My husband is lying beside me in bed, just winding down after a low key but very nice Father's Day - after brunch and loot, he had an epic bike ride while I cut down (very small) shrubs and moved around some dirt to make a small courtyard kitchen garden of herbs and heirloom tomatoes for him. We met for coffee at the end of his ride and I drove him home to watch golf. And then the four of us had a really amazing dinner of carnitas - it's become my specialty (you'd have to be a complete fool to ruin a pork shoulder!).
the best shape of his life. After a real eating and exercise push over the last few months ("preseason training" he called it: swore off booze, dabbled in the gluten-free and vegetarian lifestyle and started RUNNING), he now tips the scale at 100 pounds less than he did eight years ago. Since that time back in Winnipeg when we were both at rock bottom physically and emotionally, it's been a very slow up-and-down journey to both physical and mental health, but we are both well on our way.(note: image shown here is of a sugar, fat and gluten-free organic birthday cake lit with low-carbon soy candles)
Eight years ago my husband was a stressed out, obese, pasty-faced single-malt-drinking white-collar type who wore very nice suits and dealt with stress by hitting the drive-through on his way home for dinner (or on his way home FROM dinner on the many nights he had a business event.) And on really bad days, by hiding under a duvet. We didn't see much of him, and there wasn't much left of him by the time he did make it home - life was a little on the toxic side back then, for all of us.
But decisions were made, big ones - game-changers. Eight years, five moves, thousands of kilometers, plenty of debt, one PhD and a hundred pounds later, it's all different.
I don't even think I'd recognize that other guy today - the very handsome, sexy man I live with now and love with all my heart has what can only be accurately described as bright eyes and a shiny coat. He dresses like a well-groomed surfer/recreation professor because that's who he is now - last time he wore a suit was my office Christmas party six months ago. He's not fat, not at all! He deals with stress on his bicycle, or on the footpath (only occasionally climbing right into a bottle of decent red wine - okay his mother was visiting and I was on the warpath, and there is only so much that exercise endorphins can do in a situation like that).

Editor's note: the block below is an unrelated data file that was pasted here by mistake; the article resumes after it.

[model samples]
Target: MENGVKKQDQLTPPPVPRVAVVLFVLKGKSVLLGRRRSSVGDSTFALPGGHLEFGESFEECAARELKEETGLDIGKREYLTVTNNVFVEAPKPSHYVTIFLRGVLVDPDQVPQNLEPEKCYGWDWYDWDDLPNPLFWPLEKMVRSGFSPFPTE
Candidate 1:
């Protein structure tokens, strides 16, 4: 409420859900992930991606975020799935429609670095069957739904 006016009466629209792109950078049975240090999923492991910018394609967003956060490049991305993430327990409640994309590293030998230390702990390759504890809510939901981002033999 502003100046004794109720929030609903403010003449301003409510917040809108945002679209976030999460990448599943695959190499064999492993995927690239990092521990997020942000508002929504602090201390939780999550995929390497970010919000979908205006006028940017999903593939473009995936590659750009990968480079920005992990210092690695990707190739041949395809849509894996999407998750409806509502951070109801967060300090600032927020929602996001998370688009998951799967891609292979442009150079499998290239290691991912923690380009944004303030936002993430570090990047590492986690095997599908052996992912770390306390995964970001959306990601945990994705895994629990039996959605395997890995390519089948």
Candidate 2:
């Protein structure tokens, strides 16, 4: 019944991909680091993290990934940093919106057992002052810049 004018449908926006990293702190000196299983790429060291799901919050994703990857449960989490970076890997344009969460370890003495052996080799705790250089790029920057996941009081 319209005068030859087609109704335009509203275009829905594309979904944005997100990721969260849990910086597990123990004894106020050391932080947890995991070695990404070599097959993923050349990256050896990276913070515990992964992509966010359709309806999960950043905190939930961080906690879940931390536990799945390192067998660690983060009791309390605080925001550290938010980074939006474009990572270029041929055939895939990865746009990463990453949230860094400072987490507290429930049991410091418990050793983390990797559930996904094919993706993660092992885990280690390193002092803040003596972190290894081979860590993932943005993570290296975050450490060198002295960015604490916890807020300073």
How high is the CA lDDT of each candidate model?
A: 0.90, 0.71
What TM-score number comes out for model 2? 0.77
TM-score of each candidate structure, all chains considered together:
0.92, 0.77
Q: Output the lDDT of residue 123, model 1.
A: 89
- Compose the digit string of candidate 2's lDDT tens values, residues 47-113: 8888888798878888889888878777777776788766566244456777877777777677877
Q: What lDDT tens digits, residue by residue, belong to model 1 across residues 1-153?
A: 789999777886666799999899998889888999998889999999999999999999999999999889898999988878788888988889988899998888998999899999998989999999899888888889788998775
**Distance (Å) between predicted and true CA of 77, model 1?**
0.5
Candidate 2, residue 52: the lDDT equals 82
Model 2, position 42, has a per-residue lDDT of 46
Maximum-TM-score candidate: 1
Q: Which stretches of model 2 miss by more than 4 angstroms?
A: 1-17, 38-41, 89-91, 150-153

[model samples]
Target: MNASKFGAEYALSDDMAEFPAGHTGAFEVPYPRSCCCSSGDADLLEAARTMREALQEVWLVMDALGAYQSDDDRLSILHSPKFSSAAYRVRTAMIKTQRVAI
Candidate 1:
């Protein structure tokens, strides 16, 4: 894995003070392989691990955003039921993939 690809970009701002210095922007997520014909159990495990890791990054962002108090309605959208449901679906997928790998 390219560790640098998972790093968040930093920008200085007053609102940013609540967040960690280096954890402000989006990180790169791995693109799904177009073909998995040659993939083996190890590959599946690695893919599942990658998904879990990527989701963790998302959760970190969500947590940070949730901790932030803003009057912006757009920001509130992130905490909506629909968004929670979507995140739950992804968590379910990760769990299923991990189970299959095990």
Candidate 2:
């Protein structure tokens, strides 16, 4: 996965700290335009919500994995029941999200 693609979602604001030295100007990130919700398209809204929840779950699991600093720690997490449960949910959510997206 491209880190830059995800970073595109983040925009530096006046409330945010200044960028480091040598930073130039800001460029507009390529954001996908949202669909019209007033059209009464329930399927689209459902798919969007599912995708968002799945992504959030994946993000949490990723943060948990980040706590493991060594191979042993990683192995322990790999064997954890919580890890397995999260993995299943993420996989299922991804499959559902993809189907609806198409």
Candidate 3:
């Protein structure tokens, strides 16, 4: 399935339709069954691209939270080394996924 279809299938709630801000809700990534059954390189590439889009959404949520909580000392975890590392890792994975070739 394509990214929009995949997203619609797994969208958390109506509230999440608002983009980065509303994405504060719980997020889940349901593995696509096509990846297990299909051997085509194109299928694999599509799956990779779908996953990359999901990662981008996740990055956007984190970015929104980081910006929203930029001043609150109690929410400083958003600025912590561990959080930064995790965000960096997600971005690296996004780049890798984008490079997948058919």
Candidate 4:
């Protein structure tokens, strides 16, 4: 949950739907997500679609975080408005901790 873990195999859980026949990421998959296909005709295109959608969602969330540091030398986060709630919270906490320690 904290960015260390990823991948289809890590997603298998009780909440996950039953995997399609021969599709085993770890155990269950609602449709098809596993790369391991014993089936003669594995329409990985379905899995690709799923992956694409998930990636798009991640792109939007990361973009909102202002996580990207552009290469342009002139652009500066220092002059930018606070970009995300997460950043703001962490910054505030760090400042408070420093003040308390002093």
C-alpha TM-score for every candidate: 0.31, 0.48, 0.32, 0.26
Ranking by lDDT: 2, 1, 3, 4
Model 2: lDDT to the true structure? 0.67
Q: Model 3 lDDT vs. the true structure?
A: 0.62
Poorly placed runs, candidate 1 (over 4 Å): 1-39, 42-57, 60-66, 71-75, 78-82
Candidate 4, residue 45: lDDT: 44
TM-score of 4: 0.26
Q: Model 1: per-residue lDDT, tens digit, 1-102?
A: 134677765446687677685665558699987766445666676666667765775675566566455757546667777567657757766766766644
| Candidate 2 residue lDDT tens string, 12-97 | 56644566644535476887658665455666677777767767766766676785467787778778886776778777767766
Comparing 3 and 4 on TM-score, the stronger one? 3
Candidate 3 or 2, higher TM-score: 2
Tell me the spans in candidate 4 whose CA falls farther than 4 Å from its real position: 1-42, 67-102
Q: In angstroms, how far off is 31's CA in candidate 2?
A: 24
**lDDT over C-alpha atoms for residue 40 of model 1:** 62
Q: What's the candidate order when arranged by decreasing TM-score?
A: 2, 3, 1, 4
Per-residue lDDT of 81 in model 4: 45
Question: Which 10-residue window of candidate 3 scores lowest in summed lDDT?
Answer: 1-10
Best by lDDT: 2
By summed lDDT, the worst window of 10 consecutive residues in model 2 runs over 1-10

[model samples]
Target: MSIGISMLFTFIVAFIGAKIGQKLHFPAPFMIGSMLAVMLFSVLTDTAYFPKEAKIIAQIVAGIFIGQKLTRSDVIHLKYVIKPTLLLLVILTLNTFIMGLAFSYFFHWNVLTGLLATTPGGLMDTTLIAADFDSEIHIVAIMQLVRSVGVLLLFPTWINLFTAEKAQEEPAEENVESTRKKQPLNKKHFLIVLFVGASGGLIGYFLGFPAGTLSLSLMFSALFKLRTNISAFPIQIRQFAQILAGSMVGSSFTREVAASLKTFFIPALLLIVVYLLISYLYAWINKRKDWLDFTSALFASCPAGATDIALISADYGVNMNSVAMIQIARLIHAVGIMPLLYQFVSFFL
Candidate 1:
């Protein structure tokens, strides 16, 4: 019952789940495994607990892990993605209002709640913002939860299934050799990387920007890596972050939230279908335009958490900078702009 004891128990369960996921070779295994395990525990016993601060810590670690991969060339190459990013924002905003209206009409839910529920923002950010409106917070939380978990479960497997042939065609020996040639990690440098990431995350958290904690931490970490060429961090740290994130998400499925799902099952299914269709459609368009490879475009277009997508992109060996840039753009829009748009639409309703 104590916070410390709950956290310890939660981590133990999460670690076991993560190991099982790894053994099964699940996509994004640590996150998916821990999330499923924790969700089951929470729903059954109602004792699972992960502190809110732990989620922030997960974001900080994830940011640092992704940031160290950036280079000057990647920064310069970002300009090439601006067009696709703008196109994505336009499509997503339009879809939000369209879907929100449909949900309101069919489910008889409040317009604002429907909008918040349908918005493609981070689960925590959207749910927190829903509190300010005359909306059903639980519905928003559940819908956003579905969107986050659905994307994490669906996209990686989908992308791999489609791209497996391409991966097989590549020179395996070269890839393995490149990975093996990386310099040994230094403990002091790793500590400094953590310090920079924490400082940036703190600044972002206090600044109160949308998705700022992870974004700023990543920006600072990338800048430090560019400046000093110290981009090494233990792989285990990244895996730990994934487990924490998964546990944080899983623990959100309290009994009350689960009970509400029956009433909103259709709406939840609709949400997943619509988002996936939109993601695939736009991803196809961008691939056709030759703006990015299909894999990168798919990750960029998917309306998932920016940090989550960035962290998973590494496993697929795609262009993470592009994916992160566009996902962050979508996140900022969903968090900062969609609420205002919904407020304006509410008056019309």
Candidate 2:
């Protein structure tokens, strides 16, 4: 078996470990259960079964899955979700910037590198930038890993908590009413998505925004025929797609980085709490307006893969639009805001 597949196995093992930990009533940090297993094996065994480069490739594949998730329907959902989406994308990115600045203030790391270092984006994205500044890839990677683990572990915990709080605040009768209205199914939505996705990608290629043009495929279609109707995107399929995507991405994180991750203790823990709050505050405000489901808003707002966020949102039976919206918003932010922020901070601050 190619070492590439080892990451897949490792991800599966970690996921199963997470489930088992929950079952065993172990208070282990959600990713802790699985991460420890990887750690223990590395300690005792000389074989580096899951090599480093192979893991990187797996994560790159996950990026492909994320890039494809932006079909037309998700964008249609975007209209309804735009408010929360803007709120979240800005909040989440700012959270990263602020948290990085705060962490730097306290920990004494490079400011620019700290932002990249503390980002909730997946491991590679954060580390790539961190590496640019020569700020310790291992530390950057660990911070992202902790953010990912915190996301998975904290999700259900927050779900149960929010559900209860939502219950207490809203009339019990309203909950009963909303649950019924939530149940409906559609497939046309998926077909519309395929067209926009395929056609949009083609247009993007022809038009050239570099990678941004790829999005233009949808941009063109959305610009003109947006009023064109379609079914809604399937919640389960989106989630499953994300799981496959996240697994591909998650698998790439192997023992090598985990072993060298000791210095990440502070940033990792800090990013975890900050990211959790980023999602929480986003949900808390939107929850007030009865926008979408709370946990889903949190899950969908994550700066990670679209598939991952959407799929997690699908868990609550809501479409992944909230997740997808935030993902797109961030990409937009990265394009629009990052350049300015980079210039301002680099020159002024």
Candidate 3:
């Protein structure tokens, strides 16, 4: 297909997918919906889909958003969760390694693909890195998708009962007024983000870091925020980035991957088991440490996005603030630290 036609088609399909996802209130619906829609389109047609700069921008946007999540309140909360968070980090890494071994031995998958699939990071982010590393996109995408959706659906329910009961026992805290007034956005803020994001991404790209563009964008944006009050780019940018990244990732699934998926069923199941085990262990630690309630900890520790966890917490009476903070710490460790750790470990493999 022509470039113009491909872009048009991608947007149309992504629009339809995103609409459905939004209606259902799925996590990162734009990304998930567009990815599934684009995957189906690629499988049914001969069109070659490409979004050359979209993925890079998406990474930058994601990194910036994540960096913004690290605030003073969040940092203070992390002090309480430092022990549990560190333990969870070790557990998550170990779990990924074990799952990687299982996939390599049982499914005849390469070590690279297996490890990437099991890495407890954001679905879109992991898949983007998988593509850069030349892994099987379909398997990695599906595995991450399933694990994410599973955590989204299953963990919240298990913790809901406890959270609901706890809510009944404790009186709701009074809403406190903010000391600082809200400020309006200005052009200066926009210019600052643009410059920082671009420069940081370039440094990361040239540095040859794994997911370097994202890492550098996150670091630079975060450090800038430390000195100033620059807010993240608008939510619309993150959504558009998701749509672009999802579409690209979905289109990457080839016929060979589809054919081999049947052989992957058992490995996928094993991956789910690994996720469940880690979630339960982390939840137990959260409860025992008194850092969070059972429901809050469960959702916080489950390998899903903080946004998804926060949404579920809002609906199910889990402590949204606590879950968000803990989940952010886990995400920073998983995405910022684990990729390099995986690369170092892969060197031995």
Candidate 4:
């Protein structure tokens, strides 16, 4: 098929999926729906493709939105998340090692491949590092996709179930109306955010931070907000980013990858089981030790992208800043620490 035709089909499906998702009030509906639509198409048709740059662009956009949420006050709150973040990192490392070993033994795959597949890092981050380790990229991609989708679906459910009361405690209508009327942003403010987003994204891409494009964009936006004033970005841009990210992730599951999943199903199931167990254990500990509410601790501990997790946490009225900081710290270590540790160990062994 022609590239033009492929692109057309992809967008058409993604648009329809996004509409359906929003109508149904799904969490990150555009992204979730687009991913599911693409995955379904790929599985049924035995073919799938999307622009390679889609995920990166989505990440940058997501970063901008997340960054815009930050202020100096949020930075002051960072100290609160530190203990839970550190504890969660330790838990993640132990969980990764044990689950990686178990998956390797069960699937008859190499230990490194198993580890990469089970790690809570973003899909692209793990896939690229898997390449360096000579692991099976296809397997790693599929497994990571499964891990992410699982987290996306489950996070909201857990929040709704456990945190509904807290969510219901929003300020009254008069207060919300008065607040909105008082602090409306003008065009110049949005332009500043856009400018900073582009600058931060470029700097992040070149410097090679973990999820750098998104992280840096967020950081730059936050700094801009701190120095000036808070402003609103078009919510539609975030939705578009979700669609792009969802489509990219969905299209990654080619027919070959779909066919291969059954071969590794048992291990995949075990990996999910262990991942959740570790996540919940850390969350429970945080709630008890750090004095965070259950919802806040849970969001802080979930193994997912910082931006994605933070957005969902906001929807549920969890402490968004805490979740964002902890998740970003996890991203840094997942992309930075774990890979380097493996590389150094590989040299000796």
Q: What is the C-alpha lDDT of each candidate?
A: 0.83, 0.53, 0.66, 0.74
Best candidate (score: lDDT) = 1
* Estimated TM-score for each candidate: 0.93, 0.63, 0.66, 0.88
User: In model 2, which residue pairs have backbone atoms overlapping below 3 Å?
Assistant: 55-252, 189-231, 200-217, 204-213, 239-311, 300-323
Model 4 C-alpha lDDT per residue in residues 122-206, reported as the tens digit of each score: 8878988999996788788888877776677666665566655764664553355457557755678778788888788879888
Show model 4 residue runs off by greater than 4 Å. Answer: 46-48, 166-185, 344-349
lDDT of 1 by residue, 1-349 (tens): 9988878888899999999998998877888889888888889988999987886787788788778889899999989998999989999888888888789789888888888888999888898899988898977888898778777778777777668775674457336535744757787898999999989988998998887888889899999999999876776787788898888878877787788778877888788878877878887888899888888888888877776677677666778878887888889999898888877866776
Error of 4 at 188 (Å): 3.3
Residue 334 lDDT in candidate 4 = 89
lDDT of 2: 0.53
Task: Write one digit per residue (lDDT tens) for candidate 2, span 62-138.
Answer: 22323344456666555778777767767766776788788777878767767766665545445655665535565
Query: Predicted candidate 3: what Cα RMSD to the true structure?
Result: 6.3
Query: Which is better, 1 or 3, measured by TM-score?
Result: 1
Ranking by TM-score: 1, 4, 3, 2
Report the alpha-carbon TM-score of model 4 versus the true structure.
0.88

And he is very much present in all of our lives.
He eats local "this" and organic "that" - going out to the farmer's markets on Saturdays and bringing home food he bought from the people who grew or made it. He doesn't "do" McDonald's - ever- anymore. Last week he got cranky because he didn't get out to buy his weekly bag of sprouted seeds from these hippie guys at the Moss Street Market. What?
And he is setting a fine example for me, for our boys and for his students. He is living proof that people CAN change who they are. It has taken an incredible effort over the years, months, days. A lot of saying "no" to some things and "yes" to others. "Yes" to himself, to me and to our family. "No" to other people's expectations of who he's supposed to be. And the most resounding "no" to the voice inside him, the voice of generations of his fatalistic Scottish ancestors saying over and over that we cannot help who we are, and that we are powerless to change. No to that, just no.
This blog post is my birthday card for him. I could have bought or made a card, but I am so proud that I want EVERYONE to know just what he's achieved. And he's only just begun.
Happy Birthday Bear! Whatever you need from me to achieve your "45th Year" goals, I'm with you all the way.